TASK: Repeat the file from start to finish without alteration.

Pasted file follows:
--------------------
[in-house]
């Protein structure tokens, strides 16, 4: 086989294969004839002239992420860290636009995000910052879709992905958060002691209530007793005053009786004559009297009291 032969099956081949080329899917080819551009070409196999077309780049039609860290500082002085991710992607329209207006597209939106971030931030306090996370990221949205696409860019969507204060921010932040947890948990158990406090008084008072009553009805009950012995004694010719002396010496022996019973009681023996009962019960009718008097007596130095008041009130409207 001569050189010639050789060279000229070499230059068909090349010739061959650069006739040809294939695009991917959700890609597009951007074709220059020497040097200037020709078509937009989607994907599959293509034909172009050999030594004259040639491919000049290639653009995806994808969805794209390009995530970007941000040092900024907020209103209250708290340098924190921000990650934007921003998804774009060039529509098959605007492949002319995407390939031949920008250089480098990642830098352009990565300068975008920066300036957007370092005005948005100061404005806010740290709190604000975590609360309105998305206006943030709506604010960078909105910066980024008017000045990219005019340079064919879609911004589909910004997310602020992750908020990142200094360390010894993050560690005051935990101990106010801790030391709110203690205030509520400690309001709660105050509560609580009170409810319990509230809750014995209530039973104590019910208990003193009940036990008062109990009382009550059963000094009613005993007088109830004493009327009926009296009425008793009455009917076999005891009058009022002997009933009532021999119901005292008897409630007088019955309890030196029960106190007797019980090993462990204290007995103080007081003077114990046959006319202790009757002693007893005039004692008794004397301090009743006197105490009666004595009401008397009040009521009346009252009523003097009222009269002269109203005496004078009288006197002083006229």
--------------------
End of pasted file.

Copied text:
[in-house]
């Protein structure tokens, strides 16, 4: 086989294969004839002239992420860290636009995000910052879709992905958060002691209530007793005053009786004559009297009291 032969099956081949080329899917080819551009070409196999077309780049039609860290500082002085991710992607329209207006597209939106971030931030306090996370990221949205696409860019969507204060921010932040947890948990158990406090008084008072009553009805009950012995004694010719002396010496022996019973009681023996009962019960009718008097007596130095008041009130409207 001569050189010639050789060279000229070499230059068909090349010739061959650069006739040809294939695009991917959700890609597009951007074709220059020497040097200037020709078509937009989607994907599959293509034909172009050999030594004259040639491919000049290639653009995806994808969805794209390009995530970007941000040092900024907020209103209250708290340098924190921000990650934007921003998804774009060039529509098959605007492949002319995407390939031949920008250089480098990642830098352009990565300068975008920066300036957007370092005005948005100061404005806010740290709190604000975590609360309105998305206006943030709506604010960078909105910066980024008017000045990219005019340079064919879609911004589909910004997310602020992750908020990142200094360390010894993050560690005051935990101990106010801790030391709110203690205030509520400690309001709660105050509560609580009170409810319990509230809750014995209530039973104590019910208990003193009940036990008062109990009382009550059963000094009613005993007088109830004493009327009926009296009425008793009455009917076999005891009058009022002997009933009532021999119901005292008897409630007088019955309890030196029960106190007797019980090993462990204290007995103080007081003077114990046959006319202790009757002693007893005039004692008794004397301090009743006197105490009666004595009401008397009040009521009346009252009523003097009222009269002269109203005496004078009288006197002083006229």